Can Diabetes Cause Anorexia?

Because both diabetes and anorexia involve body issues, weight management and food control, some people develop a pattern in which they justify or veil anorexia with diabetes.

In fact, some clinicians believe that eating disorders are more common in those with diabetes than the rest of the population. The consequences of diabetes and anorexia can be fatal; therefore, responsible behavior is essential.

Can Diabetes Cause Anorexia?

While diabetes cannot cause eating disorders, it can set the physical and emotional stage for the development of the illness. Anorexia can easily be hidden by diabetes, so it becomes difficult to diagnose. In some cases, anorexia can go undetected for years under the guise of diabetes.

Complications of Diabetes and Anorexia

Blindness, kidney disease, impaired circulation, nerve death and amputation of the legs are just some of the life-altering complications people with diabetes and anorexia might face. Often, victims of the illnesses perceive becoming overweight as a greater threat than any of the aforementioned consequences. Some also believe that they are somehow immune to the health consequences.

Insulin and Weight Loss

People who take insulin to control diabetes can misuse it to lose weight. By cutting back on the correct dosage of insulin, a person can cause his or her blood sugar to rise and spill over into the urine. Although this causes weight loss, the biochemical process is a particularly dangerous one. This process will result in body tissues to dissolve and be flushed out in urine.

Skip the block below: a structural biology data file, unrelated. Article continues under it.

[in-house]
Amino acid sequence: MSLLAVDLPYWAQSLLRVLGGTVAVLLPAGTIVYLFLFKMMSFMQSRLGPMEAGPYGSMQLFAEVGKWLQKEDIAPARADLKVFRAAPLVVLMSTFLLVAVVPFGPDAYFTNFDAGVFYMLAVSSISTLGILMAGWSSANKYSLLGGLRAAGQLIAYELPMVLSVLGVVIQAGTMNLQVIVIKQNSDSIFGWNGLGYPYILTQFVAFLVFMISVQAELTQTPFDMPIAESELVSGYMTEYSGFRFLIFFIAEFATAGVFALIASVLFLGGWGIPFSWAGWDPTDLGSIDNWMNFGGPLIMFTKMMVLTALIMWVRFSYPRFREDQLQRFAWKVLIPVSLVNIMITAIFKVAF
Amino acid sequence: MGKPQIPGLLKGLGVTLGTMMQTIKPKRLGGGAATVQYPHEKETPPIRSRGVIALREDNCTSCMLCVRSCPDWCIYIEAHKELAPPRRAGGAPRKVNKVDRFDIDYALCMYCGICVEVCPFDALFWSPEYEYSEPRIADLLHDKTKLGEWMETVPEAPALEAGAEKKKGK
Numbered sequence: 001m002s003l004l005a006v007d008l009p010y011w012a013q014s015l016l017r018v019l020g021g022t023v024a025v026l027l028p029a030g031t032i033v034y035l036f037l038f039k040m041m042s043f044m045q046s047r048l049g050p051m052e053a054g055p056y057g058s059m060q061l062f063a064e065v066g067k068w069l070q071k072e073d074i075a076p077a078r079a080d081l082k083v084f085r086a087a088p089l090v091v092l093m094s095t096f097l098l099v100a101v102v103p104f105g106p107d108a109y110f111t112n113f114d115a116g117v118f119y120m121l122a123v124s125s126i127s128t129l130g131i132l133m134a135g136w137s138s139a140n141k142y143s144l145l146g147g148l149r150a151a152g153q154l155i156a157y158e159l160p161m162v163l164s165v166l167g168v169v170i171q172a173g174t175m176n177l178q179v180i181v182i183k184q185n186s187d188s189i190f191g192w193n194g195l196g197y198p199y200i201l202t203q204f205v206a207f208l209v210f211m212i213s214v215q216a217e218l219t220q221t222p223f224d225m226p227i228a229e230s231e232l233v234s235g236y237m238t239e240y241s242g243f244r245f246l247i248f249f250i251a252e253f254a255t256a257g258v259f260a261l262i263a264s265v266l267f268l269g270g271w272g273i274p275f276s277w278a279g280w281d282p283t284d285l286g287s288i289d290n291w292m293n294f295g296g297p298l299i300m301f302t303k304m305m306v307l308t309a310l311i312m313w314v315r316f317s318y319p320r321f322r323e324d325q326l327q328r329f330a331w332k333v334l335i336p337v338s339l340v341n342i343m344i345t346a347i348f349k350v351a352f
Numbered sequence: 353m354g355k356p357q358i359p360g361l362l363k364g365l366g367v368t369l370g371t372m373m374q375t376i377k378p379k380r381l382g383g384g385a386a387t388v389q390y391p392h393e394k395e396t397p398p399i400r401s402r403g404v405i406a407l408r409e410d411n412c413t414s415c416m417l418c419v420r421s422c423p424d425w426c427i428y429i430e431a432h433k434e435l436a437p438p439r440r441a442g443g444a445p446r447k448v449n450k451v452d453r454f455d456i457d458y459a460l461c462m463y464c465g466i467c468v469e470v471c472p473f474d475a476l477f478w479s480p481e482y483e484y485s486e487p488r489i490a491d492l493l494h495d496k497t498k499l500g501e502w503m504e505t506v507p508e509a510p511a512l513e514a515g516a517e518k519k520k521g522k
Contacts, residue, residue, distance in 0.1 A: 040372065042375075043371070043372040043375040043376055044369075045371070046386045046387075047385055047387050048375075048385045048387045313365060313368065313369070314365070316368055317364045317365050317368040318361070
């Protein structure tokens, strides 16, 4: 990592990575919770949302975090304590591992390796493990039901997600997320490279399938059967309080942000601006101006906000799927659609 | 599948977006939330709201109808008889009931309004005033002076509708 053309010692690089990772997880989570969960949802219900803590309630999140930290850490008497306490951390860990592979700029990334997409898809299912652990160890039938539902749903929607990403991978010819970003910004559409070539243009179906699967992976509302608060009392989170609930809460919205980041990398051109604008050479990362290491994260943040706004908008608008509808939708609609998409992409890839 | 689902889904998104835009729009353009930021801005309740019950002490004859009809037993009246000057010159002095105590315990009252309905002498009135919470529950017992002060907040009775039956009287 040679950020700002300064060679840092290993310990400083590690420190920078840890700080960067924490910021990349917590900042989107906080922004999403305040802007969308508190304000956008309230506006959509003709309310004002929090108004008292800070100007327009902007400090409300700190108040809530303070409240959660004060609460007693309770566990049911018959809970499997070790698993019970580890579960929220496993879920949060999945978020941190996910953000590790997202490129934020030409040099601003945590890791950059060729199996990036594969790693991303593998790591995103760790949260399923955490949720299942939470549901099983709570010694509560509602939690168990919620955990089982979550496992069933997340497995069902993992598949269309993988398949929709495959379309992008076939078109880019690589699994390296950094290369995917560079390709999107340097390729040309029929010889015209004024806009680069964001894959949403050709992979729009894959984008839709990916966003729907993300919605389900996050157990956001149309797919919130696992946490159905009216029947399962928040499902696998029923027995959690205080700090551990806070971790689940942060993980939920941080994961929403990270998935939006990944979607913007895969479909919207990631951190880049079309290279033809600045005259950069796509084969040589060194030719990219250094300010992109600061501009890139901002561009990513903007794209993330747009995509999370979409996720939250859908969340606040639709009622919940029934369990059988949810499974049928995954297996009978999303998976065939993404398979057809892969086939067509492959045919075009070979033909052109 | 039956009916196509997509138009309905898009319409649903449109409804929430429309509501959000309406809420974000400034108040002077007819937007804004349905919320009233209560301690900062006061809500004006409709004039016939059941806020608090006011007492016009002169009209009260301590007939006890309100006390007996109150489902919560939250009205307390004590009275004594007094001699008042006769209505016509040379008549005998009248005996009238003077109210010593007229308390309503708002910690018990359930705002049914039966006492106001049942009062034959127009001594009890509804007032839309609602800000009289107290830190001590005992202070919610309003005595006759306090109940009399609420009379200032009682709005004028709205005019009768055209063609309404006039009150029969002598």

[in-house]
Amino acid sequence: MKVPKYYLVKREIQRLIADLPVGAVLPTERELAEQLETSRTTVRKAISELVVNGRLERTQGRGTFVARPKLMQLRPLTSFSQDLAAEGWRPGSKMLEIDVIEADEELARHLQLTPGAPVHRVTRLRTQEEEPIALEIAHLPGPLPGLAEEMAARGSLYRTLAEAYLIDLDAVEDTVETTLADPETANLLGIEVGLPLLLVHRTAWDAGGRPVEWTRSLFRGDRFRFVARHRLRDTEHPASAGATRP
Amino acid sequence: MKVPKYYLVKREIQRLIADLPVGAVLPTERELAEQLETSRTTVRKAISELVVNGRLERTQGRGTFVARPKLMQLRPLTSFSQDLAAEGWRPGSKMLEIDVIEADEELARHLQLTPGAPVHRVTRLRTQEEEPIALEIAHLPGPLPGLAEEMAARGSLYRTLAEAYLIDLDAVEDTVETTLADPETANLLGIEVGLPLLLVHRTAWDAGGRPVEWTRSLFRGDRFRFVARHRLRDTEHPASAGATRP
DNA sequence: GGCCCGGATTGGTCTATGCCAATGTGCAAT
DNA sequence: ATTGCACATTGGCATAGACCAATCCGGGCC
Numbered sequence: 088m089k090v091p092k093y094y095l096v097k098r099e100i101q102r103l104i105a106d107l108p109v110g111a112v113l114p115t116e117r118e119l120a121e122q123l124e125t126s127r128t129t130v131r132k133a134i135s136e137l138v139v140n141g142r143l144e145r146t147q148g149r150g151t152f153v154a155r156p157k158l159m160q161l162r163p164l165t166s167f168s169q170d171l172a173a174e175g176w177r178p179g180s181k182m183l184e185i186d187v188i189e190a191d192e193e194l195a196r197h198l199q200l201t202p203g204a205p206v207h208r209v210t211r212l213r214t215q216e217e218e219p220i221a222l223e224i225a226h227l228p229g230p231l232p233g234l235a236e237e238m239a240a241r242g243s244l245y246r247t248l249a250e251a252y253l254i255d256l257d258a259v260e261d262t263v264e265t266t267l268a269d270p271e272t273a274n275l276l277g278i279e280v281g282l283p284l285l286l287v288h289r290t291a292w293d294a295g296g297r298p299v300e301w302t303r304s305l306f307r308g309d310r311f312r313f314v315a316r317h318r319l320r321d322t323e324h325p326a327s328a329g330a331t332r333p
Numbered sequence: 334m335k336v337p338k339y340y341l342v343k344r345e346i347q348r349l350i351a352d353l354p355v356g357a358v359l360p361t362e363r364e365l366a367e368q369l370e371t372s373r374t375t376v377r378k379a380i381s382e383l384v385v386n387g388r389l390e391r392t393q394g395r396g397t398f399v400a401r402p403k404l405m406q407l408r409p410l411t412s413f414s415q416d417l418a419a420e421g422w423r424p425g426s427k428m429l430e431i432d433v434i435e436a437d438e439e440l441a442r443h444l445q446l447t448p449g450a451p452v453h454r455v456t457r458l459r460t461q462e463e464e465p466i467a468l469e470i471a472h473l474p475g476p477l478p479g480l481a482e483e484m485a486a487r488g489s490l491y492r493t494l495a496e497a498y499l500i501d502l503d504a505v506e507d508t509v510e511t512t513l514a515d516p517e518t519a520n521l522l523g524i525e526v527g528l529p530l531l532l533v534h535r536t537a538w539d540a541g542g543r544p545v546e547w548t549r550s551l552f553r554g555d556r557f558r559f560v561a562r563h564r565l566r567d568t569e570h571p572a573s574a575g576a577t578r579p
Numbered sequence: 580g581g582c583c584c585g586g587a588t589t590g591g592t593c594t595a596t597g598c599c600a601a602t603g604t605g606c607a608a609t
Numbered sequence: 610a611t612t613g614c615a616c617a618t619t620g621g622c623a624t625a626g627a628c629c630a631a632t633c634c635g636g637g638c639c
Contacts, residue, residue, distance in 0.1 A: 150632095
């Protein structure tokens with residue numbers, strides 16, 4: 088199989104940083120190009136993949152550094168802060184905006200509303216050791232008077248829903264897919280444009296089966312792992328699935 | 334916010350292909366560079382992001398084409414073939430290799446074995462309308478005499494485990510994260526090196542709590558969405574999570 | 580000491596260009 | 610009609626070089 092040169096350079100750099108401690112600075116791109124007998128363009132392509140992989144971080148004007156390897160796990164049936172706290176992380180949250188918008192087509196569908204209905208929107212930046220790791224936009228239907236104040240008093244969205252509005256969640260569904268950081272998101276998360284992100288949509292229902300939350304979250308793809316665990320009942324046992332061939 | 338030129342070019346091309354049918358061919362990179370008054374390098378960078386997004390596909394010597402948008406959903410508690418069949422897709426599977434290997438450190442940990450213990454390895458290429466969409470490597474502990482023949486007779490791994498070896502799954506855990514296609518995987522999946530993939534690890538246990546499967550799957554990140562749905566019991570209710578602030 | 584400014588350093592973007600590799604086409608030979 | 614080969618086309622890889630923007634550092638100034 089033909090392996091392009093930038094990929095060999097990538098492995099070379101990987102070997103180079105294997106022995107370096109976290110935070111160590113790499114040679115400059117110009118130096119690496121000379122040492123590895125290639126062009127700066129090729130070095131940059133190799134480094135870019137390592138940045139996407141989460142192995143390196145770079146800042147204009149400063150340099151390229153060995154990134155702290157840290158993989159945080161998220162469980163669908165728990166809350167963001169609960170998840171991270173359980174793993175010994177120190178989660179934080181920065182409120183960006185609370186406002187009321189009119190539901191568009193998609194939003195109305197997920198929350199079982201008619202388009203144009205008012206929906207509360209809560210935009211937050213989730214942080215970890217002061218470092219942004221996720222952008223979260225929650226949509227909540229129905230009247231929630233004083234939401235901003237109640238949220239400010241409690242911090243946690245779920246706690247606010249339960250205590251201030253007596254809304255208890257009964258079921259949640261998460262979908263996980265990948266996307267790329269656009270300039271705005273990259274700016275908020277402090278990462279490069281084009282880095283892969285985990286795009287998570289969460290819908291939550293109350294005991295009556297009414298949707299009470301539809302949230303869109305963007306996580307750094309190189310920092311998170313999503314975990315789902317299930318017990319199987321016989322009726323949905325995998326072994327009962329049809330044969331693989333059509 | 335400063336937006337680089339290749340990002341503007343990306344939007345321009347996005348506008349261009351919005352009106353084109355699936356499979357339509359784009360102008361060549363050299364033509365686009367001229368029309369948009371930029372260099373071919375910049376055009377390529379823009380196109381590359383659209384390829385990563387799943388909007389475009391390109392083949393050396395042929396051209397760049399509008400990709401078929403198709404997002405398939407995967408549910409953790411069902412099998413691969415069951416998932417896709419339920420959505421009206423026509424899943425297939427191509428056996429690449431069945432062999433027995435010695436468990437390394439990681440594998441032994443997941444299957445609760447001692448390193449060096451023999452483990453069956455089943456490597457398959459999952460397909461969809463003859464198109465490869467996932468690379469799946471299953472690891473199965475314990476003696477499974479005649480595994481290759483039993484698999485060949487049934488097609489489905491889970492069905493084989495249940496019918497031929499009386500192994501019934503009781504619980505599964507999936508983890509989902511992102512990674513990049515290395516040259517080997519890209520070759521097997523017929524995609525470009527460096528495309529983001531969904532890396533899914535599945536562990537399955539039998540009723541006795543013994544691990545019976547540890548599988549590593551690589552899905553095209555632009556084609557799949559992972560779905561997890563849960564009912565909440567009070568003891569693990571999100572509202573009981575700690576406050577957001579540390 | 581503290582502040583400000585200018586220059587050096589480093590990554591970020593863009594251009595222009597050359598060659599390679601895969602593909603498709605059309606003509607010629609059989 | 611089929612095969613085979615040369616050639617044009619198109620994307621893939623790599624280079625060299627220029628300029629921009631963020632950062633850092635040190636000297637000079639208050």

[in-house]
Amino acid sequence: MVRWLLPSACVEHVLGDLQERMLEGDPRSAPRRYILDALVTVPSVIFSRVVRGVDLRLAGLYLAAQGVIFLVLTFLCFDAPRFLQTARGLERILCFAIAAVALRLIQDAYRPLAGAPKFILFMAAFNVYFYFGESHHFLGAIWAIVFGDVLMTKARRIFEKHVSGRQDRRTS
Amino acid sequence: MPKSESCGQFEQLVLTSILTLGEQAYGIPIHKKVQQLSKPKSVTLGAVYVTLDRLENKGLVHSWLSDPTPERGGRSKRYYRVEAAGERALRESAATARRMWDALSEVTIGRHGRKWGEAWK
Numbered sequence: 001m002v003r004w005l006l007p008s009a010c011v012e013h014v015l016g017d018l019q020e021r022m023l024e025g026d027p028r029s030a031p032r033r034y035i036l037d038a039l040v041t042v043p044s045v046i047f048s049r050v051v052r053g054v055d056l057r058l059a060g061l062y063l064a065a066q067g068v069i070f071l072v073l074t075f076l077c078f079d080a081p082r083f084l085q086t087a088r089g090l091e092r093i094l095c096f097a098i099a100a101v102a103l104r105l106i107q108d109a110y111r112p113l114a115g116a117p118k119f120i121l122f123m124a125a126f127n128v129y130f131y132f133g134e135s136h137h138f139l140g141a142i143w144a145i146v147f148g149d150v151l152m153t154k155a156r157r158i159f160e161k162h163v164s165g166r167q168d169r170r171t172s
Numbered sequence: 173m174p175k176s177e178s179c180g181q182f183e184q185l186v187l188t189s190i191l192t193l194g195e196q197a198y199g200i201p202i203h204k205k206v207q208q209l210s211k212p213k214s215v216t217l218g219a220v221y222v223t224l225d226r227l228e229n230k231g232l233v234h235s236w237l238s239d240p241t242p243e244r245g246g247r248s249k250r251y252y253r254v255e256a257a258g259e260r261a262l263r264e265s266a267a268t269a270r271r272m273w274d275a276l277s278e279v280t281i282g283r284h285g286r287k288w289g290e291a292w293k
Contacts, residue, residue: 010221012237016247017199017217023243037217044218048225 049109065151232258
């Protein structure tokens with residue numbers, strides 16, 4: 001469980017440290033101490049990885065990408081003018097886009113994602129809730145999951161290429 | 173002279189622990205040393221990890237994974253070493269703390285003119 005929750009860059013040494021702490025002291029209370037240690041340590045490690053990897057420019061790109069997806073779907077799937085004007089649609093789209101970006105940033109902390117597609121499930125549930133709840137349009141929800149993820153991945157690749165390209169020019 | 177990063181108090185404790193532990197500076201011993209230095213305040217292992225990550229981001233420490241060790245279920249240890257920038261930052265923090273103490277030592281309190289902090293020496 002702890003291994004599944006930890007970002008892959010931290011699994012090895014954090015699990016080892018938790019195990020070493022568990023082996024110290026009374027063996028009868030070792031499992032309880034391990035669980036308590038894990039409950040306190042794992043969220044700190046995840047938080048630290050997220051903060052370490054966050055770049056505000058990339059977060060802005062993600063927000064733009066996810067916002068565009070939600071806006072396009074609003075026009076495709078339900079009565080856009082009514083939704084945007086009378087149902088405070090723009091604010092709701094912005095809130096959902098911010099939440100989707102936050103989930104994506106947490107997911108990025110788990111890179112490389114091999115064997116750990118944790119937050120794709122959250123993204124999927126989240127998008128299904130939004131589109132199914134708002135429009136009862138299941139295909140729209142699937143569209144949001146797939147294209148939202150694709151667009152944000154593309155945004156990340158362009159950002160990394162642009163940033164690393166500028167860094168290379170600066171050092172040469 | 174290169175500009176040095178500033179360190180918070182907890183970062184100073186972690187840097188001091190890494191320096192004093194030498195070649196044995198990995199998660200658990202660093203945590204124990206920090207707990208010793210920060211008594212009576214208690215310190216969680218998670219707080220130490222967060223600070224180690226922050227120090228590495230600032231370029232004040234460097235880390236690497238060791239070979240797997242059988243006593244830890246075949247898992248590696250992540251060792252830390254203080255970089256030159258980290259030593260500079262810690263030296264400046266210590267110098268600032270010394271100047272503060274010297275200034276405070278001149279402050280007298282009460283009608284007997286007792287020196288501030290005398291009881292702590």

Once this process of weight loss has begun, diabetics are reluctant to end it. The decision to maintain weight loss is often a gateway to anorexia and other eating disorders.

The Need for Control

People who suffer from anorexia and diabetes often feel the same need to control their bodies. Diabetics might feel guilty or ashamed if their blood sugar swings more than a few points, just as anorexics might feel similarly if they gain weight. The need to control and stabilize can sometimes become an obsession.

Source: Anorexia Nervosa and Related Eating Disorders

Eating Disorder Self Test. Take the EAT-26 self test to see if you might have eating disorder symptoms that might require professional evaluation. All answers are confidential.

Find a Treatment Facility Near You

Click on a state below to find eating disorder treatment options that could be right for you.

Where do calls go?

Calls to numbers on a specific treatment center listing will be routed to that treatment center. Calls to any general helpline will be answered or returned by one of the treatment providers listed, each of which is a paid advertiser: Rehab Media Group, Recovery Helpline, Alli Addiction Services.

By calling the helpline you agree to the terms of use. We do not receive any commission or fee that is dependent upon which treatment provider a caller chooses. There is no obligation to enter treatment.

CALL NOW FOR IMMEDIATE HELPCALL NOW FOR IMMEDIATE HELP800-776-3990Response time about 1 min | Response rate 100%
Who Answers?